About Dry Grasses (Kuru Otlar Üstüne) is Nuri Bilge Ceylan’s latest film and was presented in the Cannes competition this year, where it won the award for Best Actress. As is the case with Aki Kaurimäki, Ceylan is an old favourite of mine, but the operative word here is old. I think that Kaurismäki made a string of masterpieces in the eighties that could even rival his master Bresson, and there is a similar case with the Turkish director. While I was a major fan of Ceylan’s early works like Uzak (2002), I’ve found his later films redundant and wallowing in old-fashioned (yes, I’m aware that I’m supposed to label it Chekhovian) writing combined with stale arthouse clichés.
When did this tendency begin? For me, it was already in 2011 with Once Upon a Time in Anatolia (Bir Zamanlar Anadolu’da). For all its plastic qualities, I couldn’t escape the script’s clumsiness, particularly concerning one aspect. Winter Sleep (Kis Uykusu 2014) and The Wild Pear Tree (Ahlat Agaci 2018) merely amplified those reactions, and the latter didn’t even look good with some peculiar colour grading. Would About Dry Grasses offer any improvement? Some people seem to think so, including the Variety critic. I can’t say that I disagree with him entirely. About Dry Grasses has more to offer than its two predecessors. The question is if it is enough to consider it a successful film.
About Dry Grasses: Like watching paint dry?
The storyline is set in Anatolia, surprise, surprise. Samet is an art teacher assigned to a remote corner of the country when all he wants is to go to Istanbul. He is still quite popular with his students. Maybe a bit too popular? He and his colleague Kenan will later be accused of inappropriate behaviour with their students. This seems to arise from a single student, Sevim, who is somewhat treated as a teacher’s pet and also has a love letter confiscated, which everyone seems to conclude is meant for Samet. When Sevim tries to retrieve the letter, Samet claims that he burned it. Together with Club Zero, this is the sole film that touches on cancel culture.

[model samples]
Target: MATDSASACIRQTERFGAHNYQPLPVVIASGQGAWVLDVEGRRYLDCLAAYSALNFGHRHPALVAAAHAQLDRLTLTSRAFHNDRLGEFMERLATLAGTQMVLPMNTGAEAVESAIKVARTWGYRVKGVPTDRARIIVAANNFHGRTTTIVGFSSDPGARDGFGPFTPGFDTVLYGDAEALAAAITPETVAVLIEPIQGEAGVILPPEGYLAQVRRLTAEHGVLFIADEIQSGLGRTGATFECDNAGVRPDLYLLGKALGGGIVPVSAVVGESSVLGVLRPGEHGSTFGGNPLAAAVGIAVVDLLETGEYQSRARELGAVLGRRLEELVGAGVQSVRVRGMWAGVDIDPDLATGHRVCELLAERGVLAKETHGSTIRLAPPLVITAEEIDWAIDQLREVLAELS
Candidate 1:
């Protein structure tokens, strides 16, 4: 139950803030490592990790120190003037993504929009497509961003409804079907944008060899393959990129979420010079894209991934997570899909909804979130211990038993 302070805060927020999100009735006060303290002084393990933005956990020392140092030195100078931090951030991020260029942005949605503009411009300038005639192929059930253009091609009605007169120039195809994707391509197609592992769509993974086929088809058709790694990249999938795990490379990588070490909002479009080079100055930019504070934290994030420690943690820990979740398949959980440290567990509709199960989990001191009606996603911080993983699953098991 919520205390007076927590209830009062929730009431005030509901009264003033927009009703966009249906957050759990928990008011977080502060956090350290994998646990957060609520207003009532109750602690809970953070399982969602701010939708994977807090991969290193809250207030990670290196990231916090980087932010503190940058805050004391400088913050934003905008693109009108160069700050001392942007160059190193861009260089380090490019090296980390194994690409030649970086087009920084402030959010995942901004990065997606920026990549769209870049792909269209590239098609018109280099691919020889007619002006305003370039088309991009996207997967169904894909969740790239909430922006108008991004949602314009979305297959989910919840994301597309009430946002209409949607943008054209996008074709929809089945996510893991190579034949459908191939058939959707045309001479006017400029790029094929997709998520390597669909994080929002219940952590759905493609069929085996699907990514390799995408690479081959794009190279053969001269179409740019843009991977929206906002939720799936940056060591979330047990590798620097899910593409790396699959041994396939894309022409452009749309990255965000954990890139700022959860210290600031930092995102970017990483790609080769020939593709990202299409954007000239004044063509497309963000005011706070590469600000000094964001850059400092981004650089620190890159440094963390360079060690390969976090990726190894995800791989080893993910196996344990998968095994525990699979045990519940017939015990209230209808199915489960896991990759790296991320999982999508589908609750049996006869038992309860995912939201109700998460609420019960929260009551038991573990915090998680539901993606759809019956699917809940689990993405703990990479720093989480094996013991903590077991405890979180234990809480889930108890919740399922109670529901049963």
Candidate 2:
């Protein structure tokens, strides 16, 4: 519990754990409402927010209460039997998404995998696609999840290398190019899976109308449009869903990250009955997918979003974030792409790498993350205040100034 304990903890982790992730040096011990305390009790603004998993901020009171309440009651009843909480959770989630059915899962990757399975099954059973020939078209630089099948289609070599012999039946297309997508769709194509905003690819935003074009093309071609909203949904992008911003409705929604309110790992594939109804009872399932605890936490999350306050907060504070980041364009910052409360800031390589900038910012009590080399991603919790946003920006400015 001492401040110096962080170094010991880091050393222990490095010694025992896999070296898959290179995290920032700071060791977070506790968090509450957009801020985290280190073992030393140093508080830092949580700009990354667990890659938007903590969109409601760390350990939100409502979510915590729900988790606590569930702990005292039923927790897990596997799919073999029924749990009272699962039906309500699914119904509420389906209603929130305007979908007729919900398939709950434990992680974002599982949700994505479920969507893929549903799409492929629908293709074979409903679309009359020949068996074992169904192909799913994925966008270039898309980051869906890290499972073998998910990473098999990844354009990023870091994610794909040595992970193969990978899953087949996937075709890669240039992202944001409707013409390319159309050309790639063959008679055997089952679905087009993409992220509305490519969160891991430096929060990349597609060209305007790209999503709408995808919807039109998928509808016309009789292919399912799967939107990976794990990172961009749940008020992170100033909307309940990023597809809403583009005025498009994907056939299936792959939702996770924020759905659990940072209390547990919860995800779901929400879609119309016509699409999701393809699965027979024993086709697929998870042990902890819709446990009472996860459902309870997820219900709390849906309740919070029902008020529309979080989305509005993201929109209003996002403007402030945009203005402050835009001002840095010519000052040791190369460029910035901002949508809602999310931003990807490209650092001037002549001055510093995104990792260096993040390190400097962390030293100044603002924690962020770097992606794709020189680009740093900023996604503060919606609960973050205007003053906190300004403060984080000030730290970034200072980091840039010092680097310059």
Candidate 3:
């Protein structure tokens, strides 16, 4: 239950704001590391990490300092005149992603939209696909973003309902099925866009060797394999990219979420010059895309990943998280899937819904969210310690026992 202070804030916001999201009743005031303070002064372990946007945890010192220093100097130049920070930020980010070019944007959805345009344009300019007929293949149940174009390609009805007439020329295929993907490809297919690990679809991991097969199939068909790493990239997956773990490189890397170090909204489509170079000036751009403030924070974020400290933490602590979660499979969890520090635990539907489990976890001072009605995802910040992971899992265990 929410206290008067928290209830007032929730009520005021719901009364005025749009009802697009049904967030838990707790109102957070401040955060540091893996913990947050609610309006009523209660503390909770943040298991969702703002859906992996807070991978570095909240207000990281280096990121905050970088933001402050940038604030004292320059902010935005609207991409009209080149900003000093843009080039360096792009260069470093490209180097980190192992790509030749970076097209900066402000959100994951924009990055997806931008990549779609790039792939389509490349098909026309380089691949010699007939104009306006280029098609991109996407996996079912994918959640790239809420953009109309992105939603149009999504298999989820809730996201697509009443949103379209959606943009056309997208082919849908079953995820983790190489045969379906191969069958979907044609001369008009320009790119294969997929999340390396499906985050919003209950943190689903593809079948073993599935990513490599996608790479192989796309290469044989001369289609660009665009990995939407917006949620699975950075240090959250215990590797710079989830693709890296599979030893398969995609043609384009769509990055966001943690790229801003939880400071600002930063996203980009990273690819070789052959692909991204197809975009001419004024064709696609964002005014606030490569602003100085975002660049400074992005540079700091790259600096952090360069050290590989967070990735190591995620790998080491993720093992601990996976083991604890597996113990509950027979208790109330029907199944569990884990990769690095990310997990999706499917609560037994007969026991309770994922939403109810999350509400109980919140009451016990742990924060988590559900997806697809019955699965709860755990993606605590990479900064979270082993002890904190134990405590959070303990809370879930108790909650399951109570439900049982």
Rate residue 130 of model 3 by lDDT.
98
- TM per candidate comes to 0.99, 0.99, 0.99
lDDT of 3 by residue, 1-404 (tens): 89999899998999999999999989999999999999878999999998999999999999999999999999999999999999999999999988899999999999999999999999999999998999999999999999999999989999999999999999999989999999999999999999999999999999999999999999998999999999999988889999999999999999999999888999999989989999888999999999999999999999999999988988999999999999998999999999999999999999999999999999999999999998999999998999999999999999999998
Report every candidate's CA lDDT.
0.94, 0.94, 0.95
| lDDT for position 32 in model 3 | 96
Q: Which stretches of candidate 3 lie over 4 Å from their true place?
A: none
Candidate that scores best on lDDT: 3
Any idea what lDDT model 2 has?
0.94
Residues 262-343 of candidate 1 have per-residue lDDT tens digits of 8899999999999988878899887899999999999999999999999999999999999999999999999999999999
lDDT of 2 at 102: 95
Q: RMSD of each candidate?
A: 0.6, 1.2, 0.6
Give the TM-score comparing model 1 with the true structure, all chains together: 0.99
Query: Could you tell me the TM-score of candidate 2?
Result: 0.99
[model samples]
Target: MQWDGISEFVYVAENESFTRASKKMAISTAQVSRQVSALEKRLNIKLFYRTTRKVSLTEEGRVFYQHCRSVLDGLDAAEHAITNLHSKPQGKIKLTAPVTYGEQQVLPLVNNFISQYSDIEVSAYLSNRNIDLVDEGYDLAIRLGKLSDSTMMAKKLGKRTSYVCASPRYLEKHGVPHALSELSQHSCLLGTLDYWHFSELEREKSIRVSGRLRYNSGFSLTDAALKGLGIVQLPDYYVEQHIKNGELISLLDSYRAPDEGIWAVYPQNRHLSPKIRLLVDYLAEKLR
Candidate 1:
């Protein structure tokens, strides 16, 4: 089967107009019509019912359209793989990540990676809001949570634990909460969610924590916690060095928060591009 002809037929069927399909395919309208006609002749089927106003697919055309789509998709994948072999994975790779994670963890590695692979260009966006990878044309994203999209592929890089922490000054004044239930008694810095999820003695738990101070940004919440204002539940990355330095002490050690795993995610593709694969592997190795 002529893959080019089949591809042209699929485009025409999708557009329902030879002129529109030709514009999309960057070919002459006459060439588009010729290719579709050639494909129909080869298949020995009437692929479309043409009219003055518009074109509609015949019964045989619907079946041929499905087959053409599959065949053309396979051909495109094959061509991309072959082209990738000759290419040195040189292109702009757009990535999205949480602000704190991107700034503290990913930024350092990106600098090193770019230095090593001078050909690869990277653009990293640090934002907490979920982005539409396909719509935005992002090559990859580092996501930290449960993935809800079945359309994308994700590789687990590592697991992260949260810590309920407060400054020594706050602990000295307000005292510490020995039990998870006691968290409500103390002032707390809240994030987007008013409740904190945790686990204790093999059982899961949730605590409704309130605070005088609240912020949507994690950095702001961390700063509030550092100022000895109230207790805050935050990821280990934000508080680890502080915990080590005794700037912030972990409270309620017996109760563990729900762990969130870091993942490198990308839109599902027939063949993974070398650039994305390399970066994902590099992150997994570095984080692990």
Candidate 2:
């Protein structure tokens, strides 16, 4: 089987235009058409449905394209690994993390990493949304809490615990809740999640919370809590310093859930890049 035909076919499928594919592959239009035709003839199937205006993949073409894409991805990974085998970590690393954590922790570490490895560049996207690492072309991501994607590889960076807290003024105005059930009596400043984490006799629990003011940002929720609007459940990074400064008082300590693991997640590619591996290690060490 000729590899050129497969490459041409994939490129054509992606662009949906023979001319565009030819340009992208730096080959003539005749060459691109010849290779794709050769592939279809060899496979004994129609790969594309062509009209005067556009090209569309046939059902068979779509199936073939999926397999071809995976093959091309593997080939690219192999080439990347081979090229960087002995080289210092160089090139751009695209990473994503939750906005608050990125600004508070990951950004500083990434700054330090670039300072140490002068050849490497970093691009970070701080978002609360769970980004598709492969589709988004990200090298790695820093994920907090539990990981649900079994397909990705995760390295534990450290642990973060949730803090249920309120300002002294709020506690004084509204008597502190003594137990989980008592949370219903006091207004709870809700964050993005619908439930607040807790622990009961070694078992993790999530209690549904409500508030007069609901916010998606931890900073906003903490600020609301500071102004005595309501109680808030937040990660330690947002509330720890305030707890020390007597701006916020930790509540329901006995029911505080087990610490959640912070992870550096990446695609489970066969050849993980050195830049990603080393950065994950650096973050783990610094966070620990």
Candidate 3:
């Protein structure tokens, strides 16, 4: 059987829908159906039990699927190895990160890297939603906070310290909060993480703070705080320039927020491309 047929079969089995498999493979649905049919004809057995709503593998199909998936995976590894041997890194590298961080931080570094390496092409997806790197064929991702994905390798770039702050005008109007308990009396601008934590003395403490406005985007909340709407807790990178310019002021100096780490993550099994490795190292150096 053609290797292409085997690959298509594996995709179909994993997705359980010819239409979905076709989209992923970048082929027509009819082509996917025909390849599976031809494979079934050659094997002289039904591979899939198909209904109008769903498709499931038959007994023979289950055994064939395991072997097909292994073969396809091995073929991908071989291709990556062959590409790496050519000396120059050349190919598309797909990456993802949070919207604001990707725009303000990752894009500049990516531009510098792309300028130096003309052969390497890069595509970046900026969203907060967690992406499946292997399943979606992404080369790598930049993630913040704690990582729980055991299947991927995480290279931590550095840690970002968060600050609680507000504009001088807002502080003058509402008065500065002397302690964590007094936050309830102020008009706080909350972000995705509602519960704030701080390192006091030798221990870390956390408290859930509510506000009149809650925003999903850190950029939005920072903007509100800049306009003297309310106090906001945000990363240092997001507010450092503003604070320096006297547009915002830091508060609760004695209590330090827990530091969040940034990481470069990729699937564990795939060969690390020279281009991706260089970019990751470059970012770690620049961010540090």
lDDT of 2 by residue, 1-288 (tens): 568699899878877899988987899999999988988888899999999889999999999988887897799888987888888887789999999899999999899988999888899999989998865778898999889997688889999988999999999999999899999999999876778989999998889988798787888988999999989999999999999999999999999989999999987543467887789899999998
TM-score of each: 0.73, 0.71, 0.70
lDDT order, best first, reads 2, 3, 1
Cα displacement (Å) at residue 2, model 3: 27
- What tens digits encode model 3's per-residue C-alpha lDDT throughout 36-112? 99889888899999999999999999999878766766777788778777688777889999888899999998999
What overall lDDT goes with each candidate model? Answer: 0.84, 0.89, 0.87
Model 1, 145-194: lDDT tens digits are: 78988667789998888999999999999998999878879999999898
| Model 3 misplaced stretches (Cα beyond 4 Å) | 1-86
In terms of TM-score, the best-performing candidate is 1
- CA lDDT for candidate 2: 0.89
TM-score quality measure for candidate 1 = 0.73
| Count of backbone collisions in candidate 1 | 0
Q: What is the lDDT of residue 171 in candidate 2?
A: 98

Then there is the case of fellow teacher Nuray (Merve Di̇zdar, who won the actress award). Samet and Kenan are interested in her, but the former manages to get a night alone with
Maude Nuray. She invites both of them to her home, but Samet makes sure that he will be alone with her even though we know that nothing will come out of it in the long run, considering he doesn’t want to stay in these remote outskirts of Turkey. What kind of Night Moves could we expect from him? One of them involves juicing, Larry David style, in a scene that would make Bergman of En Passion blush. Occasionally, walls are just drywall, even of the fourth kind.
It wasn’t difficult to predict that About Dry Grasses would be selected for the Cannes competition. A final verdict on the film is more tricky. Even though it contains far too many Ceylanisms for its own good, there is still a fair amount of grass that is not completely dry. Sure, there are not as many as the director seems to think, and there are still some awkward effects in the cinematography, not least the interiors. The depictions of the protagonist’s photography are not that profound either, even though those scenes occasionally made the Lumière audience gasp during the permière screening. About Dry Grasses is less egregious than the two predecessors, but the actress award was more than enough.
Obviously, the 197-minute running time could have been trimmed considerably without losing anything substantial, but that goes without saying with Nuri Bilge Ceylan. Rewatching a wintry Rohmer film instead wouldn’t be a bad bet. Still, I leave the reader with the teaser of the film, which is quite flattering.